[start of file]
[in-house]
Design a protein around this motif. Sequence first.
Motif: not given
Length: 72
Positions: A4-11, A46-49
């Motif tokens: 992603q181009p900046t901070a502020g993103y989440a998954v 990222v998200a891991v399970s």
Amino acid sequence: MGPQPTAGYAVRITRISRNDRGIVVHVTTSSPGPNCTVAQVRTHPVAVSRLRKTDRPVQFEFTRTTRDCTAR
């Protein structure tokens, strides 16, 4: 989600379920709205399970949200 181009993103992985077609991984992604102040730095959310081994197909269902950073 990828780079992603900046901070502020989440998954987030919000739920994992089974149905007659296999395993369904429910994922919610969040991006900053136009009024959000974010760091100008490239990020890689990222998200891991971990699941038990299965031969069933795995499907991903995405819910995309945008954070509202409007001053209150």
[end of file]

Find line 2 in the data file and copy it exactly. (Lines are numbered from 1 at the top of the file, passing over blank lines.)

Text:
Design a protein around this motif. Sequence first.